• The concept of using projects to enable the creation of value is fairly well accepted, the value creation chain starts will innovative ideas and finishes when the benefits are realised and value is created (read more on Benefits and Value):

Fig-1 Value Chain Grey

  • The effect of the ‘chain’ means that when you have got to the end of the project (or program) all that has happened is you’ve spent money, benefits and value come later and need a ‘team effort’ from all levels of management to be maximised (read more on Benefits Management).

Fig-2 Benefits_Management

  • Consequently the key to realising the benefits and maximising value is effective organisational change (read more on organisational change)

Fig-3 Change_Management

  • And the basic concepts of organisational change have been defined by numerous authorities from the perspective of stakeholder attitudes:

Fig-4 The-Change-Curve

And the rate of adoption of the change:

Fig-5 change-normal-curve

  • The concepts are documents in a range of references including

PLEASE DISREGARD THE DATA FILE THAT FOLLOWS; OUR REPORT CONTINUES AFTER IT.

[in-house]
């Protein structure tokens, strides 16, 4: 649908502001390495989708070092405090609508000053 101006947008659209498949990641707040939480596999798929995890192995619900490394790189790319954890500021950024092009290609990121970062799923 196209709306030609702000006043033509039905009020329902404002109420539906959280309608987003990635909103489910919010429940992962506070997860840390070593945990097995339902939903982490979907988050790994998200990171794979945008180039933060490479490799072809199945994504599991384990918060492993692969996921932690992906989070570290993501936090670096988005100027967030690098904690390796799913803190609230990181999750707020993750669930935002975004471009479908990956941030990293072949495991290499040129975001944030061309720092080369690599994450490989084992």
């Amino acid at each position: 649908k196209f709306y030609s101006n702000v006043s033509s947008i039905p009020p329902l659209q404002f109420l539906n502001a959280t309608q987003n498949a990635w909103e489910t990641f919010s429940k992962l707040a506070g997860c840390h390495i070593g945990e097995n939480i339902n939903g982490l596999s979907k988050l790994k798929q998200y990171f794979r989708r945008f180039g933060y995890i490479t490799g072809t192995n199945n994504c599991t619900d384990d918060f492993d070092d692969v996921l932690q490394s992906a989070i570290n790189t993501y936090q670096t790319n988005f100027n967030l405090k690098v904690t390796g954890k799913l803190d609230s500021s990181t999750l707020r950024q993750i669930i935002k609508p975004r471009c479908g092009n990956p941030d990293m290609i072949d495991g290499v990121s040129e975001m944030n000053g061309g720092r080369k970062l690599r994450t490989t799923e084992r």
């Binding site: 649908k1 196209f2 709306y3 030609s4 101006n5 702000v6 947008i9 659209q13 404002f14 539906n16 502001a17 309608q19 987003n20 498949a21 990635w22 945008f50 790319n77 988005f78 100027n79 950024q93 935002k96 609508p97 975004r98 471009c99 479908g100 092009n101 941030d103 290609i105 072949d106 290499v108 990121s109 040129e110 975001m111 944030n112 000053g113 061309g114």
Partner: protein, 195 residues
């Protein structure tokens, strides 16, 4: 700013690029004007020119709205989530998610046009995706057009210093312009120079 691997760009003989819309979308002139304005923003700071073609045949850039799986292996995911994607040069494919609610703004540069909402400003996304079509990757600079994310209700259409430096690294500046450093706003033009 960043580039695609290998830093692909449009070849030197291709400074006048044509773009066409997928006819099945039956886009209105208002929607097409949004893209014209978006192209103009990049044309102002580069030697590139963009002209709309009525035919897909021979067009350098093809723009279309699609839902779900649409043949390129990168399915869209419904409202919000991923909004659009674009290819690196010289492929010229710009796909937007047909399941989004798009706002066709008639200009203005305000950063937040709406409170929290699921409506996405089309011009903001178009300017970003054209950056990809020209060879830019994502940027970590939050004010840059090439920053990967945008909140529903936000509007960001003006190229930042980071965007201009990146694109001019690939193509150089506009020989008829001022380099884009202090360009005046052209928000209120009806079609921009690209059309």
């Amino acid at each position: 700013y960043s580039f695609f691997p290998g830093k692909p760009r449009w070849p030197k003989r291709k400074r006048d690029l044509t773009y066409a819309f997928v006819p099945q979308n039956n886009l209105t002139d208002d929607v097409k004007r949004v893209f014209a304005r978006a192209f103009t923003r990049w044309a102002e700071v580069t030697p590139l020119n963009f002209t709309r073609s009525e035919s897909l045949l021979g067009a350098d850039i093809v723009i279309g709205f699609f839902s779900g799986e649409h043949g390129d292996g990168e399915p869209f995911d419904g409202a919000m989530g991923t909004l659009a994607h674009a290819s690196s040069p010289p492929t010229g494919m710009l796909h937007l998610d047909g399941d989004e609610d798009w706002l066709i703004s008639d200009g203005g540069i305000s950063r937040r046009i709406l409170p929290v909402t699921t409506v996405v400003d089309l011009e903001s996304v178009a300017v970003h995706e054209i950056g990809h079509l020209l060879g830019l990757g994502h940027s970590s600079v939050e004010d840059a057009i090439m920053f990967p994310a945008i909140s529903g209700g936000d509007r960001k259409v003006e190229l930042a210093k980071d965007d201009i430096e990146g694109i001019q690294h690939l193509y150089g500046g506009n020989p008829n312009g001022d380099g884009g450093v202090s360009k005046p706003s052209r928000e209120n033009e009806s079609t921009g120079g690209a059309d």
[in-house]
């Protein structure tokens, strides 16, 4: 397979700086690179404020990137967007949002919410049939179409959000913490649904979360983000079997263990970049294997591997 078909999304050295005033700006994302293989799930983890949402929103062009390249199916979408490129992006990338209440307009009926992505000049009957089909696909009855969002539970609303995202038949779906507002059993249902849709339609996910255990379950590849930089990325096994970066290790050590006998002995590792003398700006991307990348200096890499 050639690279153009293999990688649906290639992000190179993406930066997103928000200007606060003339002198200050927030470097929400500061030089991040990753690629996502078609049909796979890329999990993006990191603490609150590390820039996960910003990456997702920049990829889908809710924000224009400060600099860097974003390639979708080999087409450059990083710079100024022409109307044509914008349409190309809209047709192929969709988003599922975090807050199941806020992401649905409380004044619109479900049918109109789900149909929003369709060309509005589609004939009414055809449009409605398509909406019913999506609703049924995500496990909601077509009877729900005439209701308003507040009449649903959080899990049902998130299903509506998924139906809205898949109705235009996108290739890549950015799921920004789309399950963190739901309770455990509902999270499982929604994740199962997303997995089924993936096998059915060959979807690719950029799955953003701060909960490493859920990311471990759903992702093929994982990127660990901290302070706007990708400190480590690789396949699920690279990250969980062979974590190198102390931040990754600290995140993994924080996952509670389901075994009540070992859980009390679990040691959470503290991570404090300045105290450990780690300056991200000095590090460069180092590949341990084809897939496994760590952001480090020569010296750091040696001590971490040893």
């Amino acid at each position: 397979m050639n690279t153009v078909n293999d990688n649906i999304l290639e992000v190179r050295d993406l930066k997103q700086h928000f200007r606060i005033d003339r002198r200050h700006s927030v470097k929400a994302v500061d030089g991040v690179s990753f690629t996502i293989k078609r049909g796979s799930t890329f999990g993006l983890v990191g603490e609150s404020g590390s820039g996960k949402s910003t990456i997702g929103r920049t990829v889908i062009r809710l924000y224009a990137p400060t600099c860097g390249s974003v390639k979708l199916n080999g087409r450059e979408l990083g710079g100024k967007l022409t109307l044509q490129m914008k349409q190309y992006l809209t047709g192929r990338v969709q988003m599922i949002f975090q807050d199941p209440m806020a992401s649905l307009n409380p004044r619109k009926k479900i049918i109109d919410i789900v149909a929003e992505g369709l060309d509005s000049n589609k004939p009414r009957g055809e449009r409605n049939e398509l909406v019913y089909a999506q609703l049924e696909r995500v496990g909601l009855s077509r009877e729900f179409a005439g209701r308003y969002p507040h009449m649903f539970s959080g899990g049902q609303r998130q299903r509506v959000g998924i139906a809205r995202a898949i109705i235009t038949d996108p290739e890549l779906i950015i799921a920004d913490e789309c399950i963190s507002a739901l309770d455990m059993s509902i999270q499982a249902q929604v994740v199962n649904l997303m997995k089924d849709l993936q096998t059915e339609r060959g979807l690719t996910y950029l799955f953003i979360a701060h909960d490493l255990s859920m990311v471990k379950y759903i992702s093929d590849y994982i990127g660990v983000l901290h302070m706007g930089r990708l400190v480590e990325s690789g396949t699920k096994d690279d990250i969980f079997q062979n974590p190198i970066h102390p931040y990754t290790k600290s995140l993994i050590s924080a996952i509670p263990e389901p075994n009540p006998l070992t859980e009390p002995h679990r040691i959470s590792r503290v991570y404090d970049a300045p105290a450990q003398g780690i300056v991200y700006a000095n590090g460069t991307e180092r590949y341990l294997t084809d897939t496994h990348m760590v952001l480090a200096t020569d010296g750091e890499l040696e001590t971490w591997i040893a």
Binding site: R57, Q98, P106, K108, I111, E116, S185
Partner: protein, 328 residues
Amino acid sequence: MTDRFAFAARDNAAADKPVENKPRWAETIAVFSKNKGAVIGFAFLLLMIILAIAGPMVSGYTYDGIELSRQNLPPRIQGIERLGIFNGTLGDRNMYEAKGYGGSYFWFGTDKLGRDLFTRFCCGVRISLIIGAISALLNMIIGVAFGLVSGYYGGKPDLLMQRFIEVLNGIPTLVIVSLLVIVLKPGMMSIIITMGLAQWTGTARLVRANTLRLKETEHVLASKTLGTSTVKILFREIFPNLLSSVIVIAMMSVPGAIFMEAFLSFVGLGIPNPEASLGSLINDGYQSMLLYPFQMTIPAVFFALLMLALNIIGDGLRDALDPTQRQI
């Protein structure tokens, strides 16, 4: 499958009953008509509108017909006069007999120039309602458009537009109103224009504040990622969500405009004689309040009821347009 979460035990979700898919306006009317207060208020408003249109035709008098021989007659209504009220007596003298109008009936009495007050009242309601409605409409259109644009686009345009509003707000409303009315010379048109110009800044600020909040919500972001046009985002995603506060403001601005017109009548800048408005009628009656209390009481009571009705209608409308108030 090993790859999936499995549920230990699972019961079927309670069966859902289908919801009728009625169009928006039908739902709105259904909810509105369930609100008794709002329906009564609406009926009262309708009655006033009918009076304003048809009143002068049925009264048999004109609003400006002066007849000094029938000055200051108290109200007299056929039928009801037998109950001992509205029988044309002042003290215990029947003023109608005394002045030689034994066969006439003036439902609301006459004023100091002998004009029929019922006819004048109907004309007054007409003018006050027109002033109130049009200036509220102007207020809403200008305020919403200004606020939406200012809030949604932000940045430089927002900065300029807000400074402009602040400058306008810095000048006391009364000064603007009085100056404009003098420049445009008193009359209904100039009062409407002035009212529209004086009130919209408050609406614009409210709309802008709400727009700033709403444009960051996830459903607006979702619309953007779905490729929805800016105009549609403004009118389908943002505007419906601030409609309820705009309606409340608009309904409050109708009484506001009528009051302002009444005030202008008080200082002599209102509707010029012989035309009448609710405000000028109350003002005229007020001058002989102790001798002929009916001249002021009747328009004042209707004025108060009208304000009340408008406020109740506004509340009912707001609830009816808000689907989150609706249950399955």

–  PMI’s Managing Change in Organisations – a practice guide
    –  APMG International’s Managing Benefits

But none of these well established concepts really explain why some organisations are open to change and others are not; the question this post is focused on.

One insight that helps explain why some organisational cultures are resistant to change and others more open to change is discussed in an interesting paper: Darwin’s invisible hand: Market competition, evolution and the firm (Journal of Economic Behavior & Organization: Dominic D.P. Johnson, Michael E. Price, Mark Van Vugt).

The paper suggest that the Darwinian view that competition among firms reflects the ruthless logic of ‘selection of the fittest’, where the free market is a struggle for survival in which successful firms survive and unsuccessful ones die, is only partially correct.

The application of Darwinian selection to competition among firms (as opposed to among individuals) invokes group selection, which requires altruism and the suppression of individual self-interest to the benefit of the ‘greater good’ of the group and the advancement of the firm.